On Sunday August 30th Diana and I hit the road at 9:30am to see if we could get to Bear Mountain in New York by way of backroads through New Jersey and make it home at a decent hour. We didn’t make it to the New York Border, but we were close before we took a wrong turn and inadvertently got lost. We rolled into the garage at 9:00pm and had logged 384 miles. During that 11.5 hour trek we rode Interstates and backroads and some Main Streets. We crossed the Delaware River 4 times. Most of the day was a success but getting home was less than strategic as I made several wrong turns, mistakes and bad decisions… but we felt in control even when we were temporarily lost and we had ourselves an adventure. We explored River Road on both sides of the Delaware River north of Trenton. Passed the George Washington crossing on both sides where the revolutionary war took a positive turn for our side. I couldn’t help but imagine our General and his troops marching on Trenton that cold December evening. We rode through small towns in the hills and mountains of New Jersey and I could swear we were in the Berkshires of New England. We rode Rt 513 up through New Jersey and proved there is a scenic backroad that can take us up to the New York border. We visited the Delaware Water Gap and rode a good protion of scenic Rt 519. On the downside, or the up side depending on how you look at it, we survived going through Camden, NJ by way of Rt 130 and lived to tell about it. I’m glad we didn’t become another murder statistic. We had to pay a toll to get back into Delaware by way of the Delaware Memorial Bridge. The best thing is we found a viable route that will take us to Connecticut without using the Turnpike or the Parkway and we did it on our own. We had great weather and a great ride. We had very little down time during the 11.5 hours so we were toast by time we got home. I can’t wait to hit the road again this weekend.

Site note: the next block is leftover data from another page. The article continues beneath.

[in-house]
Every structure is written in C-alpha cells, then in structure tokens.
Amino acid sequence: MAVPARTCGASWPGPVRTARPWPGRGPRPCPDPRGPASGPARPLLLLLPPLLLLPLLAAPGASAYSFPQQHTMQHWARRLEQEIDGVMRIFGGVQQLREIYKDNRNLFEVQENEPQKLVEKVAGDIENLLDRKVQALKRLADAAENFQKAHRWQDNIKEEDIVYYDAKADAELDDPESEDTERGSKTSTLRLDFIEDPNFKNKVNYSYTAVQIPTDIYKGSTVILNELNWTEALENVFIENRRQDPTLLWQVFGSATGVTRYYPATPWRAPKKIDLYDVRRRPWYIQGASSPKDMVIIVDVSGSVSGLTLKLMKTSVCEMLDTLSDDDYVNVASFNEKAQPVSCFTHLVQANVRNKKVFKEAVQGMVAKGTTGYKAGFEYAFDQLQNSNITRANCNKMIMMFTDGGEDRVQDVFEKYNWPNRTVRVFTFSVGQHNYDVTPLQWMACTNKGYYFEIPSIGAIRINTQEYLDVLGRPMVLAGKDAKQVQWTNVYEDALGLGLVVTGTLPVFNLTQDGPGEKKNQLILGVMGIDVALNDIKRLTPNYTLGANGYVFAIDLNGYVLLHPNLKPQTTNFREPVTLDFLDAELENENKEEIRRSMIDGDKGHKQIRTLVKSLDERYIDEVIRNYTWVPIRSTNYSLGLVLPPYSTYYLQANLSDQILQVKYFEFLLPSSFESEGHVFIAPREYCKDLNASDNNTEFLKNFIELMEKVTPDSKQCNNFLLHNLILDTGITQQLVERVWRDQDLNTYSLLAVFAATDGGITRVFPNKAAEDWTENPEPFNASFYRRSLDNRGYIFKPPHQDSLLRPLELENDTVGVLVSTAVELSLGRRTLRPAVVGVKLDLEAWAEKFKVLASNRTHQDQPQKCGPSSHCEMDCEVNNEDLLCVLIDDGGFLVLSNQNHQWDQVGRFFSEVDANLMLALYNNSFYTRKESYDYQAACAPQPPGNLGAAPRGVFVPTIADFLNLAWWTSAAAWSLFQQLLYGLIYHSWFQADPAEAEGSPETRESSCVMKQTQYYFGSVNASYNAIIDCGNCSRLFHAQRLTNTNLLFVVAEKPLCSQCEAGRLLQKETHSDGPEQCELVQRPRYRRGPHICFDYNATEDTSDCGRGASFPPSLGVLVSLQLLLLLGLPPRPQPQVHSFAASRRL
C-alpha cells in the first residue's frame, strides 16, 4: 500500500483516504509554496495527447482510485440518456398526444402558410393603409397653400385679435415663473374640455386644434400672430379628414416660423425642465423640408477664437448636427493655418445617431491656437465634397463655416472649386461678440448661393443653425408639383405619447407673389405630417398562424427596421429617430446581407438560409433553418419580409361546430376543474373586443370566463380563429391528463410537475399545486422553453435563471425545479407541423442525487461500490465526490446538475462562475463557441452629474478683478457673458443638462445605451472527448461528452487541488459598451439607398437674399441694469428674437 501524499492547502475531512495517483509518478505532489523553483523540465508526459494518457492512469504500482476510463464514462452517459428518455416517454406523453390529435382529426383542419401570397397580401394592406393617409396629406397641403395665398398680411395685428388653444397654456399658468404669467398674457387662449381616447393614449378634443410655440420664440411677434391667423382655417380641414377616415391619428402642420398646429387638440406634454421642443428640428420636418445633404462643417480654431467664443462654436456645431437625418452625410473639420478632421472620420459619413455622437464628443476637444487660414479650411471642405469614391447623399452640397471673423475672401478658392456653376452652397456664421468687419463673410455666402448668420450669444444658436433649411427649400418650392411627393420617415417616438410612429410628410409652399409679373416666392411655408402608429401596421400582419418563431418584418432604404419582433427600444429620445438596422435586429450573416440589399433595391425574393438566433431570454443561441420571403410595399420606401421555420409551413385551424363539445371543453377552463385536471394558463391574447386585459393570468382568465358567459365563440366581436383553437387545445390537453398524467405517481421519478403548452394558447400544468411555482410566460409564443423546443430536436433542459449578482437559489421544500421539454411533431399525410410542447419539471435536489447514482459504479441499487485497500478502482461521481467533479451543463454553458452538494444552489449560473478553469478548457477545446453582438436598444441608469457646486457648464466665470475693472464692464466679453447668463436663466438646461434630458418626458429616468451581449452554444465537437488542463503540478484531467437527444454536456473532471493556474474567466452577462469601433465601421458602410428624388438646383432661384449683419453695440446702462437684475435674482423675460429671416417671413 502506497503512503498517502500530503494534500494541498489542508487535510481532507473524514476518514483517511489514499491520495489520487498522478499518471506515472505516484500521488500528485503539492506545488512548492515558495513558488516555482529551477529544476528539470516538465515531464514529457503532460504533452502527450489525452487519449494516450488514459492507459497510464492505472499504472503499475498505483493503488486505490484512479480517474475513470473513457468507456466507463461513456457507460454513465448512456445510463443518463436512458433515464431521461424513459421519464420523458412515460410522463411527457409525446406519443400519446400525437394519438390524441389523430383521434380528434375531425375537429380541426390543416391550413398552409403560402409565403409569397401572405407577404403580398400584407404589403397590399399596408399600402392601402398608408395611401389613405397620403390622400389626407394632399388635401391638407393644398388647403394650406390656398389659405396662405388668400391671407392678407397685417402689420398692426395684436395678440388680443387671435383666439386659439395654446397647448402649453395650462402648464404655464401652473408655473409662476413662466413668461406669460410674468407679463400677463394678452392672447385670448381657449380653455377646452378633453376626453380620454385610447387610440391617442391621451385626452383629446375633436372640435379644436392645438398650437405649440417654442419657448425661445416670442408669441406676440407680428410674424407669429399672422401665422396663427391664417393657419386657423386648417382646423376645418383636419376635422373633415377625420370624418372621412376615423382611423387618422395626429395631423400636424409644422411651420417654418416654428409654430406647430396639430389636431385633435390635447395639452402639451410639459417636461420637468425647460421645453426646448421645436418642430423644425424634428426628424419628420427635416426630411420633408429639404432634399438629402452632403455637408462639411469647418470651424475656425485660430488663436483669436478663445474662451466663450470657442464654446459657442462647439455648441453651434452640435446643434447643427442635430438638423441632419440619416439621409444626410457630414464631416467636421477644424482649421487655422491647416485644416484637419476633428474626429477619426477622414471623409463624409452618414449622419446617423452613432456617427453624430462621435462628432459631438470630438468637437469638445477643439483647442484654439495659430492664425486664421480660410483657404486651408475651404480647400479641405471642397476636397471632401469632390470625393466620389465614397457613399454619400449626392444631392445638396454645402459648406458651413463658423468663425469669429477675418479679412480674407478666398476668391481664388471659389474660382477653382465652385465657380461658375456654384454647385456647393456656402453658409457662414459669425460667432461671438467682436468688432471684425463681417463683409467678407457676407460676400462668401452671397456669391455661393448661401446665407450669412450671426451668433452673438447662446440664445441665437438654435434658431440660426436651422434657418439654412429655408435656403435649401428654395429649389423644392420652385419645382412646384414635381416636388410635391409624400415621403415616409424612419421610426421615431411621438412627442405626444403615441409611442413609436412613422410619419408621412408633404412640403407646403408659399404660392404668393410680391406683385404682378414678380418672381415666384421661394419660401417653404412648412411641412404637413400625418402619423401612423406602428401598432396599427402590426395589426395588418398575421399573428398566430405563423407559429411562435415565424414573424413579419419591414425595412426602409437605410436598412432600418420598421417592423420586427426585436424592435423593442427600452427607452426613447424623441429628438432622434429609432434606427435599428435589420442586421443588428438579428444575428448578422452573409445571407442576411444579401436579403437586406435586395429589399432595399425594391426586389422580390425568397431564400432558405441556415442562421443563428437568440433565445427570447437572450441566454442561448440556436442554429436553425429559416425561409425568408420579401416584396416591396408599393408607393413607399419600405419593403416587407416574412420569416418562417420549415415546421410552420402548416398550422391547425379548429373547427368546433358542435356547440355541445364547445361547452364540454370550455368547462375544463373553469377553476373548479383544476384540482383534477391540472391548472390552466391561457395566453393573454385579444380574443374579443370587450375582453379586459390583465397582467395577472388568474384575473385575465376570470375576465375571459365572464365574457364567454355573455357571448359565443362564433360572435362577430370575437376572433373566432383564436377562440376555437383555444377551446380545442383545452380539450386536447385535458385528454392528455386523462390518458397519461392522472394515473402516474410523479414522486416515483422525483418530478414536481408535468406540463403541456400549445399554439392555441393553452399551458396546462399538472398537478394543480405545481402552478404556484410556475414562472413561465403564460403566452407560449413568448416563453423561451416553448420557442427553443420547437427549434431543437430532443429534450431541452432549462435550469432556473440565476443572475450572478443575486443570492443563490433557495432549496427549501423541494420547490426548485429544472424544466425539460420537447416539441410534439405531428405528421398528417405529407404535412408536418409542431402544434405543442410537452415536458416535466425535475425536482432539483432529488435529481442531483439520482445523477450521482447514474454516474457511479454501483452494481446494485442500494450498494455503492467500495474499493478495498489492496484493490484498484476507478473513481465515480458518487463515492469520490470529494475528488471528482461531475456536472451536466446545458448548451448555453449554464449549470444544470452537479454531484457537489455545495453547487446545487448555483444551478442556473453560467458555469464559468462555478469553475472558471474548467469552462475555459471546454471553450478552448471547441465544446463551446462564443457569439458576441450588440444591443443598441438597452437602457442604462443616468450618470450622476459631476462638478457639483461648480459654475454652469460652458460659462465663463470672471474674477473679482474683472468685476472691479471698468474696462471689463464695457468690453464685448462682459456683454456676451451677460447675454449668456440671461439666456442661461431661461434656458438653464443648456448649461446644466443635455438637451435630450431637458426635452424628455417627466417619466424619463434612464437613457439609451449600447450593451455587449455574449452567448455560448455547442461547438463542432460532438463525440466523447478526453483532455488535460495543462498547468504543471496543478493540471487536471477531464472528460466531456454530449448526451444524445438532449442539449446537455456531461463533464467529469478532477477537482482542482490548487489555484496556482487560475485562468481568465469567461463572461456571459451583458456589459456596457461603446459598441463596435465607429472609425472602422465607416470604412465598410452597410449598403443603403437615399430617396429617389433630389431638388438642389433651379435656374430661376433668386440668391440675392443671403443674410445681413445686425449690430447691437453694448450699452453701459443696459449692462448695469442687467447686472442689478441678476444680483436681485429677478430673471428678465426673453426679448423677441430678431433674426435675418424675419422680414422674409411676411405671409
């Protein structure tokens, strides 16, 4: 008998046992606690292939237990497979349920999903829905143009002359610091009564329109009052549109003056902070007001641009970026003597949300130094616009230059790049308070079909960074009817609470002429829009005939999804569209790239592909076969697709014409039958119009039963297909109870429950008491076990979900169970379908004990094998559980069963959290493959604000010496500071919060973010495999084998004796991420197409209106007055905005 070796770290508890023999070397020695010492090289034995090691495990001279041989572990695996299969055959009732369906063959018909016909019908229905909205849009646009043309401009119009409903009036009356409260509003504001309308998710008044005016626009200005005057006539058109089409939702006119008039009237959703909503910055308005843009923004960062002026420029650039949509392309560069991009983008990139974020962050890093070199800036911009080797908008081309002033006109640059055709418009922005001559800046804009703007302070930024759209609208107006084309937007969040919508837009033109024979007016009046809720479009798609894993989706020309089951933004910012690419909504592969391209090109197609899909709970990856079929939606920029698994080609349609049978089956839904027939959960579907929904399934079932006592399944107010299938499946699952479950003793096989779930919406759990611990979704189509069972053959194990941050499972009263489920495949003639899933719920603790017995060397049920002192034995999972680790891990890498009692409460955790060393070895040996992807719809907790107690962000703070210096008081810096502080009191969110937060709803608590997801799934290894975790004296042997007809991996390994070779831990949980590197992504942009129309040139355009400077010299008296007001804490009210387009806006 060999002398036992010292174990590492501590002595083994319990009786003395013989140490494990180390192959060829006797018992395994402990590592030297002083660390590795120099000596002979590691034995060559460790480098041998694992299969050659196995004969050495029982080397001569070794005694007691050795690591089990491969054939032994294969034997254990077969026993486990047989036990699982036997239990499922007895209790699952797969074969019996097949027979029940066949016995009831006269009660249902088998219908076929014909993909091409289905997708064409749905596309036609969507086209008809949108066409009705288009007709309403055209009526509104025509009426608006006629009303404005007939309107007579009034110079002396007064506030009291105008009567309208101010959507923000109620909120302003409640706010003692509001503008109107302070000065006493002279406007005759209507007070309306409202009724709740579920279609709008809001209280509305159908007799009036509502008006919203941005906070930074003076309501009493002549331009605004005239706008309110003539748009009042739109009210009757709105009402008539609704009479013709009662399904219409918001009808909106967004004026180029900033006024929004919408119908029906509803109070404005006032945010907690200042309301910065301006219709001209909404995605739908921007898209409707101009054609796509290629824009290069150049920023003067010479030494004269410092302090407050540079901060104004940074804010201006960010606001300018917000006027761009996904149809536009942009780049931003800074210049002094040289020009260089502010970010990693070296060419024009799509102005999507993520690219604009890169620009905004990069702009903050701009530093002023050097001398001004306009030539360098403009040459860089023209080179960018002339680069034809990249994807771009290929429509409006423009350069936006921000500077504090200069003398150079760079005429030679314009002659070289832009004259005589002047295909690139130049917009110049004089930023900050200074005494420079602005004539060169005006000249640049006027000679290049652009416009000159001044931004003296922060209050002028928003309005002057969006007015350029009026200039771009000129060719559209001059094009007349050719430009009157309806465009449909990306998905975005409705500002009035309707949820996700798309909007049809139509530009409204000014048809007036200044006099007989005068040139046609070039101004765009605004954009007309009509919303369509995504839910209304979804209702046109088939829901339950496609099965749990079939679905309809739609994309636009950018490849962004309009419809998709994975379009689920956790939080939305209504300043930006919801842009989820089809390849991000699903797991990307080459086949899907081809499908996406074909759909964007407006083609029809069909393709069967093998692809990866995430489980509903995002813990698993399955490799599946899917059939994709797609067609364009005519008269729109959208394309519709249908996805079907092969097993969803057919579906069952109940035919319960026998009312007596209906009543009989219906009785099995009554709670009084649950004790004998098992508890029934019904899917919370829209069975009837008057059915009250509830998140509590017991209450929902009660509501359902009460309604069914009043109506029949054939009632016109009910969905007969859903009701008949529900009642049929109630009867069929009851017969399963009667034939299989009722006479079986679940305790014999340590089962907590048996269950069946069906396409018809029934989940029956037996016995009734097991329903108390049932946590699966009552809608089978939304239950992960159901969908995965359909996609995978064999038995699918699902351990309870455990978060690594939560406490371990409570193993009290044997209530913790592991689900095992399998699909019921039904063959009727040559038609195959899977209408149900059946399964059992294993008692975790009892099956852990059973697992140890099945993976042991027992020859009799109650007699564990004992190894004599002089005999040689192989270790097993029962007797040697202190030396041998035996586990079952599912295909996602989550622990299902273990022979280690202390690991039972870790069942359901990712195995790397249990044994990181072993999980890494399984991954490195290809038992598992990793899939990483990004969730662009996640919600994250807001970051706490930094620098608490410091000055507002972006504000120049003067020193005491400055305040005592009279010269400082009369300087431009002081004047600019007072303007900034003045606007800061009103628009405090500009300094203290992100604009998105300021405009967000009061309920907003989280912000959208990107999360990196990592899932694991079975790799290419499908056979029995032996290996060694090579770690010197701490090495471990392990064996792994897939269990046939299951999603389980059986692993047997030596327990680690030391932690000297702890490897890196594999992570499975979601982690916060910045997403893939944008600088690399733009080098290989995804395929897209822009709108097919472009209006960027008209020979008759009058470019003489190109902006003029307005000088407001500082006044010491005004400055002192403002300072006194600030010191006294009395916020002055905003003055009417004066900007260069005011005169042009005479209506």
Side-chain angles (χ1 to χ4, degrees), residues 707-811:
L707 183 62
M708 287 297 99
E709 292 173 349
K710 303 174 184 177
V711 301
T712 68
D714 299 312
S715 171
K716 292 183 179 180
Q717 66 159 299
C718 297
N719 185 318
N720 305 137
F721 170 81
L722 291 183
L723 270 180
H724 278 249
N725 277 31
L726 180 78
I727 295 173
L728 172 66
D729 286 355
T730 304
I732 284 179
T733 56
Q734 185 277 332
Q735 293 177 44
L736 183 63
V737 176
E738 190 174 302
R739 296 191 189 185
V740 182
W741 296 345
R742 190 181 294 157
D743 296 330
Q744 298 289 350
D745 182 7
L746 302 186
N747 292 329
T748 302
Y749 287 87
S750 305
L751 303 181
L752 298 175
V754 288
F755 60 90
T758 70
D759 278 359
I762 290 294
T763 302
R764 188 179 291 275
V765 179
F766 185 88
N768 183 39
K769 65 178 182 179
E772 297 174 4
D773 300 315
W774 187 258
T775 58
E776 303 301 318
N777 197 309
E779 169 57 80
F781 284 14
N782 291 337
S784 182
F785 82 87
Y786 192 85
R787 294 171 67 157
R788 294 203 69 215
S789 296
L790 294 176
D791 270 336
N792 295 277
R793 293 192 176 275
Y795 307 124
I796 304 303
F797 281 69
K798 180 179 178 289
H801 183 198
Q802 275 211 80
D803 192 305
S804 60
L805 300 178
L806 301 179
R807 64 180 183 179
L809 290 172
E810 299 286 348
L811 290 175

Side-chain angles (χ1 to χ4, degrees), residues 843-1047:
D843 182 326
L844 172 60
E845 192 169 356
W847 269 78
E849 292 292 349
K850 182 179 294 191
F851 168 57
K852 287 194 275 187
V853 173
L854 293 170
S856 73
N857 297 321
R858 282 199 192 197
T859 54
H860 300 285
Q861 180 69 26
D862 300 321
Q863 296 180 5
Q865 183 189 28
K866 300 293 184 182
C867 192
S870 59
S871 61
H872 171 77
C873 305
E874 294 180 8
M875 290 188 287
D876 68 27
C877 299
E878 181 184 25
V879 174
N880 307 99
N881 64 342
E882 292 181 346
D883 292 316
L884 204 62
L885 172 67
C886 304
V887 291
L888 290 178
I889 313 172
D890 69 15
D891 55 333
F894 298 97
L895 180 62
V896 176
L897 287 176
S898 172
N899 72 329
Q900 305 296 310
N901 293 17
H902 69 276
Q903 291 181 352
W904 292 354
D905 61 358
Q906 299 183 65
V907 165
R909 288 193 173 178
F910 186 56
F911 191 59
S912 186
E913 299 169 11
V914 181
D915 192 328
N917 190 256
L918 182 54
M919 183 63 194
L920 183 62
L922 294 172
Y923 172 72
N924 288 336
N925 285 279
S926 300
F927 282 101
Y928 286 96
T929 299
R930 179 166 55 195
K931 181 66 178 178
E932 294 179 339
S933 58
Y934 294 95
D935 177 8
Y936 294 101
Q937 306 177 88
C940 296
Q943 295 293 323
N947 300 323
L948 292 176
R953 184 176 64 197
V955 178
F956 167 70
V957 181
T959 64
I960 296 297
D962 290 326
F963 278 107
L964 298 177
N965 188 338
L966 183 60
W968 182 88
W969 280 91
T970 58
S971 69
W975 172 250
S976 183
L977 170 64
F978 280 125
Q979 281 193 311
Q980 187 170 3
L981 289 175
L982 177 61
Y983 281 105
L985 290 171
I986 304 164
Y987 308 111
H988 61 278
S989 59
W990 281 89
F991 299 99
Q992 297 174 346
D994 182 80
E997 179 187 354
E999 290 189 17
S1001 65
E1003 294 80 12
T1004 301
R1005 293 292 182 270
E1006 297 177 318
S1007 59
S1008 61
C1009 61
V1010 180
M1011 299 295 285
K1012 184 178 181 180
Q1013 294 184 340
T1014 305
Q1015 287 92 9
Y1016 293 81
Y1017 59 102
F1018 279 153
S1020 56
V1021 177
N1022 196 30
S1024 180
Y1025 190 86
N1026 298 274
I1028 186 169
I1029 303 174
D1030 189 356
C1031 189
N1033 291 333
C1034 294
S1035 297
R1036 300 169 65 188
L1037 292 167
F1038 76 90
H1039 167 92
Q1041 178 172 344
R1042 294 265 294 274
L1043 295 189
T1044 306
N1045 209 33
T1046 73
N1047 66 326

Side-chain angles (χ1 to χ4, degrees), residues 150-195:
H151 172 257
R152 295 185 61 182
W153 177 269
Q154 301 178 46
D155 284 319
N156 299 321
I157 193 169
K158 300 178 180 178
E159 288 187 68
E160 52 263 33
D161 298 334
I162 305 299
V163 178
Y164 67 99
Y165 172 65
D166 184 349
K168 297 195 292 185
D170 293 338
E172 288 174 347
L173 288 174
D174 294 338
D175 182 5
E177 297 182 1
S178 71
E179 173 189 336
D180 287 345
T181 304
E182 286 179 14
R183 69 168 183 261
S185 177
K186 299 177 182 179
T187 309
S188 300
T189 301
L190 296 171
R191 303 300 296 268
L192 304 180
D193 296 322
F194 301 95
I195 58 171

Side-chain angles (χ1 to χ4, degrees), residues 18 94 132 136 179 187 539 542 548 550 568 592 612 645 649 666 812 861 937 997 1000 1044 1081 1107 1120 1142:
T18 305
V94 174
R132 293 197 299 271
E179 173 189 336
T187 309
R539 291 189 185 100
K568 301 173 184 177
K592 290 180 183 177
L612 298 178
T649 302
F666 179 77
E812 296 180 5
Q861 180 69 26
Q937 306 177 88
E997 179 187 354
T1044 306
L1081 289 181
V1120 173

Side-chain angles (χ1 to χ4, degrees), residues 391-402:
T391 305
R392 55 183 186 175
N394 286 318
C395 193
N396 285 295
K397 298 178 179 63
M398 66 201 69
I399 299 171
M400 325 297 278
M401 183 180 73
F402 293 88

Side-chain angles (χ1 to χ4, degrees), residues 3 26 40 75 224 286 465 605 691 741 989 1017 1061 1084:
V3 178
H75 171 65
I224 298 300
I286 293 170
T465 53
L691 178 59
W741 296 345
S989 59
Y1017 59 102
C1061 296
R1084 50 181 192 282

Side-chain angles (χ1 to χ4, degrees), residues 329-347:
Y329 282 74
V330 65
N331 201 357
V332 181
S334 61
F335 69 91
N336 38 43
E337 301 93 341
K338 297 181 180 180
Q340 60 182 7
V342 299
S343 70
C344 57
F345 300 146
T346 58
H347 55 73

New Jersey Backroads

The question is: Does New Jersey have backroads?

New Jersey Backroads

To find out I ordered some books from Amazon.com one of which is Backroads New Jersey, Driving At The Speed of Life by Mark Di Ionno which turned out to be a very good book. Mark is a journalist and the book is filled with historical and personal accounts of the state he loves. He is a true Jersey Guy through and through as well as a writer. For my purposes a book with less fluff and more maps and hard facts is probably what I was looking for, but finding out the rich history of the area was interesting. Being from New England I was under the impression we were the center of the revolutionary war, but apparently New Jersey is considered the Cockpit of the Revolution and George Washington and his troops spent a lot of time fighting the British and their allies in New Jersey. The roads that originated in that era are still there and the answer is: Yes, there are scenic backroads in New Jersey.